Although Sierra Leone is located in the tropics and receives ample rainfall, water remains one of the greatest issues millions face in the country’s capital, Freetown.
The latest measurement of annual rainfall stands at 2945.3mm, a rare figure for other countries in Africa and other parts of the world.
Rainfall is abundant between May and October, but authorities have struggled to capitalise on the natural resource.
The only water reservoir in the city is the Guma Dam. Daily, Freetown residents struggle to fill their bowls and jerry cans, and scenes of quarrels and even fistfights are not unusual.
Most times, residents turn to boreholes as their primary source of water. A resident of Allen Town community in Freetown, Musa Kamara, says the borehole is his only water source for drinking, cooking and laundering.
But, it does not go without a struggle.
“It is difficult to get water in the dry season, and the boreholes get dried up and we take turns to get water. Sometimes, we wait for a day or more,” he explained.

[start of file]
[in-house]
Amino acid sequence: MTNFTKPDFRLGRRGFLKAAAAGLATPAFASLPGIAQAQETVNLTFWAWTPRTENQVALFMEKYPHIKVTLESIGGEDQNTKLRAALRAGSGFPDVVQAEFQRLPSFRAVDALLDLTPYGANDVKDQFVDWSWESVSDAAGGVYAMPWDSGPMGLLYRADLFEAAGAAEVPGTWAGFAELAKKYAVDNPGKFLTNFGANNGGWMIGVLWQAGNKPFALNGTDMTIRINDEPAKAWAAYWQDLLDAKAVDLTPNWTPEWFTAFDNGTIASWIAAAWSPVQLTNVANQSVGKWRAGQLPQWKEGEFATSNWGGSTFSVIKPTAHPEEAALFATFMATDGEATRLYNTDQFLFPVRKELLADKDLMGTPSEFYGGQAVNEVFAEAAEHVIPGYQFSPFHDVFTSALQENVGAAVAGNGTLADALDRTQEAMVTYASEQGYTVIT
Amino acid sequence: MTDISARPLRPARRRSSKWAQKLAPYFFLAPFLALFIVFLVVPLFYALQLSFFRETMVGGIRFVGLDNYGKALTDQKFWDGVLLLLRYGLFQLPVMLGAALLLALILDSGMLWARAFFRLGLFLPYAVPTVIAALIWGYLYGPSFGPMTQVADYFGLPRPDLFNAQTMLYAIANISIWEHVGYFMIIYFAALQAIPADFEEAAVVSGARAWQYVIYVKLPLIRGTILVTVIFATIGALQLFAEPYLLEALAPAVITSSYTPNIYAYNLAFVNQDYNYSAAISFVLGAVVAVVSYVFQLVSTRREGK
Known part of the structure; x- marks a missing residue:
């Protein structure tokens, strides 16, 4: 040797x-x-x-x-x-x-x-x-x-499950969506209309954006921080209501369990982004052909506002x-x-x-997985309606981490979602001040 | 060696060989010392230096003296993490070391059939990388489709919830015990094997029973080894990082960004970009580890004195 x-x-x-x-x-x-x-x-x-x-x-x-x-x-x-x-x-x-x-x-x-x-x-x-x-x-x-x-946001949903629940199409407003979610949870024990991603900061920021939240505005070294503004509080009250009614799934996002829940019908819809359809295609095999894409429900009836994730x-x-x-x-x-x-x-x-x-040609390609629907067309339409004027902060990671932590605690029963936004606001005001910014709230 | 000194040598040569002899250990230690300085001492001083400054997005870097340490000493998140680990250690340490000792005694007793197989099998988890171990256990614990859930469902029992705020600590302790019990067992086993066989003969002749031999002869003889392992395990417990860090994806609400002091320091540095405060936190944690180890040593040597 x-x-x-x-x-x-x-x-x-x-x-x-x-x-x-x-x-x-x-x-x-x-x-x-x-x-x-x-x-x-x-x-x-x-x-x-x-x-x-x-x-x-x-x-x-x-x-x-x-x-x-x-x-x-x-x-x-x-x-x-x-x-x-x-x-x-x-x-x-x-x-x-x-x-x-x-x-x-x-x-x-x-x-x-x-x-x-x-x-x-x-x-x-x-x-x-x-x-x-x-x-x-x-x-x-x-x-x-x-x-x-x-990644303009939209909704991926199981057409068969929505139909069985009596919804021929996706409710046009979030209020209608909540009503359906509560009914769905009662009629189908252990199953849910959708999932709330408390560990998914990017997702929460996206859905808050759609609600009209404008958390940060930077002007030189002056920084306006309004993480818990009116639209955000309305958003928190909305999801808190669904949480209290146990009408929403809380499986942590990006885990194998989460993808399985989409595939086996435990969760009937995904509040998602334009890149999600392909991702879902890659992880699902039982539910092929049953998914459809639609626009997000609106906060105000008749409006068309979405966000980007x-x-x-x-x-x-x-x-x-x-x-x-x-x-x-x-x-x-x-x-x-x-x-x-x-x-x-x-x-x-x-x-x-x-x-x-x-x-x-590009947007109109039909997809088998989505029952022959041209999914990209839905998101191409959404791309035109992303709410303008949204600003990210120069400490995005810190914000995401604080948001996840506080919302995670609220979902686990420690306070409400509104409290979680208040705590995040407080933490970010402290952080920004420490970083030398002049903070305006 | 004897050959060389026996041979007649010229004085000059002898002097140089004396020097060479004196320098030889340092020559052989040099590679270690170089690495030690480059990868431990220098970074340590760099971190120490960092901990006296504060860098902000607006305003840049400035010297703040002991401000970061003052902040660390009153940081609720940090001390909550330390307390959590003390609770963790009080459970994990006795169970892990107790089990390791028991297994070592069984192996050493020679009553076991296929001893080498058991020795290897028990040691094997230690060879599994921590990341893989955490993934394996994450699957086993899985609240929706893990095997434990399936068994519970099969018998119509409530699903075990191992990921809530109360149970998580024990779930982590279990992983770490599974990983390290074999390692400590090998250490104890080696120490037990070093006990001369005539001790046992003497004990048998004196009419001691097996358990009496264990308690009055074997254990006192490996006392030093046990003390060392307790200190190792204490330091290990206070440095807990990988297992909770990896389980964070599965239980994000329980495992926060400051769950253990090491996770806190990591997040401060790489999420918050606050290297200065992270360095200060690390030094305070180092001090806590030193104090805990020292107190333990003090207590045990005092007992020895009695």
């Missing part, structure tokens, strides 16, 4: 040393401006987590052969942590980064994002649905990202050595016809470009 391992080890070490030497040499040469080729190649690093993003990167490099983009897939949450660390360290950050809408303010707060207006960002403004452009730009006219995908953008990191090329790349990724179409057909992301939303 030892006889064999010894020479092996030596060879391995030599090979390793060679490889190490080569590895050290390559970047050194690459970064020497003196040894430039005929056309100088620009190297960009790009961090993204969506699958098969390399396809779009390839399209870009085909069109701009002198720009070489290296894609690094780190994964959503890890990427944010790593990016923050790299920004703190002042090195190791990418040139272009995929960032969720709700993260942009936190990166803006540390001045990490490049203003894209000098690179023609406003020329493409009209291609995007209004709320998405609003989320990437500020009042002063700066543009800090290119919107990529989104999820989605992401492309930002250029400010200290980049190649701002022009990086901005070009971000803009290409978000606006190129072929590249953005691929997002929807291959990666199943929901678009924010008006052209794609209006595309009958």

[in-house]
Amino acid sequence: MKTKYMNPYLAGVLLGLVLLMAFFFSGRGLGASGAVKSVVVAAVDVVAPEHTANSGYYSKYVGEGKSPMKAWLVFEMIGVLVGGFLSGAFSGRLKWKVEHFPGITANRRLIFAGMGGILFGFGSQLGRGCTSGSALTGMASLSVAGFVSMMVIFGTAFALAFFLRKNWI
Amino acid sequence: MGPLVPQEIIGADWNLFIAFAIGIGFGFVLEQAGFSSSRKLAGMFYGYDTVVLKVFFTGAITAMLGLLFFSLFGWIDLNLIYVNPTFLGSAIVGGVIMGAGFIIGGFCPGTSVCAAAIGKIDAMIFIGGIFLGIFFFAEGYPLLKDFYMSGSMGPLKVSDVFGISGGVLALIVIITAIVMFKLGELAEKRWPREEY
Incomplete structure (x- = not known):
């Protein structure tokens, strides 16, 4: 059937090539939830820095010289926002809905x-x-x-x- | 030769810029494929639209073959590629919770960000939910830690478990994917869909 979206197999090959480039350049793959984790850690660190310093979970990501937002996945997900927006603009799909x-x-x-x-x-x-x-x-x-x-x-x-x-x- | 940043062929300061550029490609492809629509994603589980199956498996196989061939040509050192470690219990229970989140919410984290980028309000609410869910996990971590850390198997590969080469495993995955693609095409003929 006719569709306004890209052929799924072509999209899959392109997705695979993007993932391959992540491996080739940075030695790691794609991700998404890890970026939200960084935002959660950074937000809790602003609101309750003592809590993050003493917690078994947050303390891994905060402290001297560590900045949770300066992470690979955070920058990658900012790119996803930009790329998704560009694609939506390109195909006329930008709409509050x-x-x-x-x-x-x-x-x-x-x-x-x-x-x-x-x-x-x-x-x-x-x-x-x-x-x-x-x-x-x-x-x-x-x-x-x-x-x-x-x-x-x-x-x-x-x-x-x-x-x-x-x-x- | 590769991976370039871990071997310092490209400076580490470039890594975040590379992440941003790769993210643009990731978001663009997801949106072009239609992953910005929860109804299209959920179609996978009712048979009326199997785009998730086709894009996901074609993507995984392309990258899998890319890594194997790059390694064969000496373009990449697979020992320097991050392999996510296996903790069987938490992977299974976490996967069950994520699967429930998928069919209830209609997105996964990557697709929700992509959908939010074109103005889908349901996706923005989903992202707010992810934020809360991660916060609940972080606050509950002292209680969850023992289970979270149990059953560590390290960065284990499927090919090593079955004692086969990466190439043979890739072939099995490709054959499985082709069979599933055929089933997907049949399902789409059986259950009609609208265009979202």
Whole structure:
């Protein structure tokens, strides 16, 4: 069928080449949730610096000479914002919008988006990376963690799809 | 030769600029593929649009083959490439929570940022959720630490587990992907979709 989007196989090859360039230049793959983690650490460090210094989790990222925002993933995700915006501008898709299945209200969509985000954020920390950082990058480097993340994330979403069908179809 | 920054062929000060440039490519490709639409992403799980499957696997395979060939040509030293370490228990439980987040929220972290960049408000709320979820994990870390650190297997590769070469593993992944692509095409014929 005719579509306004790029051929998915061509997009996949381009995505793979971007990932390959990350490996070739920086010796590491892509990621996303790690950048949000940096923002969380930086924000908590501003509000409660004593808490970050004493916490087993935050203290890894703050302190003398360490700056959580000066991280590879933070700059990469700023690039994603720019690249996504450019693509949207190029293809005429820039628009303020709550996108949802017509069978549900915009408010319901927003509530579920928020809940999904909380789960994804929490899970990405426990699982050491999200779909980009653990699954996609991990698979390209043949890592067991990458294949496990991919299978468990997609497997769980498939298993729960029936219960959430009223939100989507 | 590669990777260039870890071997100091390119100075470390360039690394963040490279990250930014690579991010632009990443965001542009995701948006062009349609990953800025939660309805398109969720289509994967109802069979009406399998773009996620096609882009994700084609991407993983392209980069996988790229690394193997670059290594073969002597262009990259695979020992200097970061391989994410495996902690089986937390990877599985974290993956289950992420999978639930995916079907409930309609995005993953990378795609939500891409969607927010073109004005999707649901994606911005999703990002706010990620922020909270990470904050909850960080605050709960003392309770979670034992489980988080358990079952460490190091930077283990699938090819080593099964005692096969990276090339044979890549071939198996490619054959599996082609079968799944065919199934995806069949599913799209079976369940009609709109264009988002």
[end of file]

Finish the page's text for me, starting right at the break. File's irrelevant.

As a result of deforestation, Freetown, the country’s capital, is facing a severe water crisis. As the population of Freetown continues to grow exponentially, the city’s water catchments are being damaged.
Statistics Sierra Leone estimates Freetown’s population to be over 2,000,000 (Two Million), which significantly exceeds the city’s population of 400,000 (Four Hundred Thousand) in 1980.
Even the forests of the main Guma Dam in Freetown are not spared. Squatters have taken a significant part of the forest, a major cause of water shortage in the dam.
The dam and the water treatment plants have gone dry; suffice it to say Freetown will not get enough water till the rains start in May this year. It is a recurrent phenomenon.
Achieving clean water and sanitation is one of the ambitious Sustainable Development Goals for 2030.
The Government has pledged to eliminate the problem of access to clean water by the same year.
With seven years to go, signs of overcoming such challenges